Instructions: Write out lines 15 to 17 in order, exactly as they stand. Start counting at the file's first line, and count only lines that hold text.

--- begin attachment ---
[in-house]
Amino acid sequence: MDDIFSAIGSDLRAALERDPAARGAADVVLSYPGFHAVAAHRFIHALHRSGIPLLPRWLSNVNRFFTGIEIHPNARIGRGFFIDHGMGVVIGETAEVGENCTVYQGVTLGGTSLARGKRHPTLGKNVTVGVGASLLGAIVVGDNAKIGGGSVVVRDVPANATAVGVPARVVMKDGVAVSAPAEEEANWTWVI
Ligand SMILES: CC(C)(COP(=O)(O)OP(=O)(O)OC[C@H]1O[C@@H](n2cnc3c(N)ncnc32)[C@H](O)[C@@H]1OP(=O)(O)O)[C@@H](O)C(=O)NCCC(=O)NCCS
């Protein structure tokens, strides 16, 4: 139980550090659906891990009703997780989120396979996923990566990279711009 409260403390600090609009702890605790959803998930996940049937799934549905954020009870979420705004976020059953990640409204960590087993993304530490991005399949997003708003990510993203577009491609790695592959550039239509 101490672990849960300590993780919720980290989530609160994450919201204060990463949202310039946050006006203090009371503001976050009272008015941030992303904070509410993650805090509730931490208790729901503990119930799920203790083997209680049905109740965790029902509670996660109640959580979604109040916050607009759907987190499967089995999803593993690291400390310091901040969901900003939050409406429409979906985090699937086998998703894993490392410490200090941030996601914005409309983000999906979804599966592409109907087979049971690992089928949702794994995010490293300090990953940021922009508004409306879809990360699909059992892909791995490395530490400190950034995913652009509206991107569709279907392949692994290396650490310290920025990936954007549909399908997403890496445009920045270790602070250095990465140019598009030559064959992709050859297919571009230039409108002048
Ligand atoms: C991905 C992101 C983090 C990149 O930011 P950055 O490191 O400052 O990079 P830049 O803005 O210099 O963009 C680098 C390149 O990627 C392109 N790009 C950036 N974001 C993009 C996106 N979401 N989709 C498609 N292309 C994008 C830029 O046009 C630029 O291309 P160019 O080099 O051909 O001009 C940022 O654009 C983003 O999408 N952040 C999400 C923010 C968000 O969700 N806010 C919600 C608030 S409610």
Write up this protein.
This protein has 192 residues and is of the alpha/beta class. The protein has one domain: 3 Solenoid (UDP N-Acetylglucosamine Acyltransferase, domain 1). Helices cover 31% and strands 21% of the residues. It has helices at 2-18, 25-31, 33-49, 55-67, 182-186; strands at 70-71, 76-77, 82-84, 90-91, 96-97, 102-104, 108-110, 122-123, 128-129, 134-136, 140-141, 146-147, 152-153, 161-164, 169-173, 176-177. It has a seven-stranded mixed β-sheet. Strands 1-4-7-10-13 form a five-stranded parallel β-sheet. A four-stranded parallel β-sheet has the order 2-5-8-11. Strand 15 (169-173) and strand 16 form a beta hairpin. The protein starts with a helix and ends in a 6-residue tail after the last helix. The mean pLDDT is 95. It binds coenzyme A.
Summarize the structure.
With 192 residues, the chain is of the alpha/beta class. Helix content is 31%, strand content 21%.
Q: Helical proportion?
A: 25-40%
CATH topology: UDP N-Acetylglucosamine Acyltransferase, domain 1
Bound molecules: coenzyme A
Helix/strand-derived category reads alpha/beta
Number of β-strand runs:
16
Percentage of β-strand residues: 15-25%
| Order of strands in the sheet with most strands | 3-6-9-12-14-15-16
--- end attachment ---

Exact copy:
Number of β-strand runs:
16
Percentage of β-strand residues: 15-25%